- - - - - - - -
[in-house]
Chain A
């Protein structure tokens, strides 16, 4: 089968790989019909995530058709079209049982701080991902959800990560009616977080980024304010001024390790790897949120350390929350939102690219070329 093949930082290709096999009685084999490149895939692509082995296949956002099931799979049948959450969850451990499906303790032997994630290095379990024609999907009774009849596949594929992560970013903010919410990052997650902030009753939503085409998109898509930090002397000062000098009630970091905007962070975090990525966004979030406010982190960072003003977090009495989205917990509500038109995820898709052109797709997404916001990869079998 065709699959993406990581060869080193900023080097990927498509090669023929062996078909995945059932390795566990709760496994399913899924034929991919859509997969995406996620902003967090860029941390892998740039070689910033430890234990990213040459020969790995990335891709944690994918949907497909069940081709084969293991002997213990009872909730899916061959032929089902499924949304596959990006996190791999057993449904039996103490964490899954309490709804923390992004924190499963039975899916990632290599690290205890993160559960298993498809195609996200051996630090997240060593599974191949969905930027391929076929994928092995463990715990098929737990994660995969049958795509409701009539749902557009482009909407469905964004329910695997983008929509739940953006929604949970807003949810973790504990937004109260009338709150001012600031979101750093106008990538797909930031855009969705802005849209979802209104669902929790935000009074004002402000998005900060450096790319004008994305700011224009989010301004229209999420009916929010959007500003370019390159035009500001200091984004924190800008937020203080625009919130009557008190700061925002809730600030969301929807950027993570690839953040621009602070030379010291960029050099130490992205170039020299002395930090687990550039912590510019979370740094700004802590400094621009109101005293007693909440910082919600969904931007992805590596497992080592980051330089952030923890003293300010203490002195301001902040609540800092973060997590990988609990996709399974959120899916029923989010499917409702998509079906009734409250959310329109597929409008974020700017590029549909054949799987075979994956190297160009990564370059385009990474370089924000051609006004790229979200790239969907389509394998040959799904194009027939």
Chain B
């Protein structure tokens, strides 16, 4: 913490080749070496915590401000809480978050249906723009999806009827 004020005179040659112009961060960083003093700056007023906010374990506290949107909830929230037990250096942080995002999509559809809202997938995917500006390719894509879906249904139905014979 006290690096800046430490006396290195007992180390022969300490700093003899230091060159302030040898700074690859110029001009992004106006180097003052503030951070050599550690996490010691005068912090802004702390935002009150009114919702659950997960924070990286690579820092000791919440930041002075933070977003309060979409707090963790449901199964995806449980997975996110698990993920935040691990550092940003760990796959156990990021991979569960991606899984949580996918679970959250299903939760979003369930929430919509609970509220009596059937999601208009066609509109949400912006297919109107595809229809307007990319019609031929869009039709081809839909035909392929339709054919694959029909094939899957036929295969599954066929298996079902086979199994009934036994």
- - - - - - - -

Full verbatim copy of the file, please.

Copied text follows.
[in-house]
Chain A
């Protein structure tokens, strides 16, 4: 089968790989019909995530058709079209049982701080991902959800990560009616977080980024304010001024390790790897949120350390929350939102690219070329 093949930082290709096999009685084999490149895939692509082995296949956002099931799979049948959450969850451990499906303790032997994630290095379990024609999907009774009849596949594929992560970013903010919410990052997650902030009753939503085409998109898509930090002397000062000098009630970091905007962070975090990525966004979030406010982190960072003003977090009495989205917990509500038109995820898709052109797709997404916001990869079998 065709699959993406990581060869080193900023080097990927498509090669023929062996078909995945059932390795566990709760496994399913899924034929991919859509997969995406996620902003967090860029941390892998740039070689910033430890234990990213040459020969790995990335891709944690994918949907497909069940081709084969293991002997213990009872909730899916061959032929089902499924949304596959990006996190791999057993449904039996103490964490899954309490709804923390992004924190499963039975899916990632290599690290205890993160559960298993498809195609996200051996630090997240060593599974191949969905930027391929076929994928092995463990715990098929737990994660995969049958795509409701009539749902557009482009909407469905964004329910695997983008929509739940953006929604949970807003949810973790504990937004109260009338709150001012600031979101750093106008990538797909930031855009969705802005849209979802209104669902929790935000009074004002402000998005900060450096790319004008994305700011224009989010301004229209999420009916929010959007500003370019390159035009500001200091984004924190800008937020203080625009919130009557008190700061925002809730600030969301929807950027993570690839953040621009602070030379010291960029050099130490992205170039020299002395930090687990550039912590510019979370740094700004802590400094621009109101005293007693909440910082919600969904931007992805590596497992080592980051330089952030923890003293300010203490002195301001902040609540800092973060997590990988609990996709399974959120899916029923989010499917409702998509079906009734409250959310329109597929409008974020700017590029549909054949799987075979994956190297160009990564370059385009990474370089924000051609006004790229979200790239969907389509394998040959799904194009027939």
Chain B
């Protein structure tokens, strides 16, 4: 913490080749070496915590401000809480978050249906723009999806009827 004020005179040659112009961060960083003093700056007023906010374990506290949107909830929230037990250096942080995002999509559809809202997938995917500006390719894509879906249904139905014979 006290690096800046430490006396290195007992180390022969300490700093003899230091060159302030040898700074690859110029001009992004106006180097003052503030951070050599550690996490010691005068912090802004702390935002009150009114919702659950997960924070990286690579820092000791919440930041002075933070977003309060979409707090963790449901199964995806449980997975996110698990993920935040691990550092940003760990796959156990990021991979569960991606899984949580996918679970959250299903939760979003369930929430919509609970509220009596059937999601208009066609509109949400912006297919109107595809229809307007990319019609031929869009039709081809839909035909392929339709054919694959029909094939899957036929295969599954066929298996079902086979199994009934036994």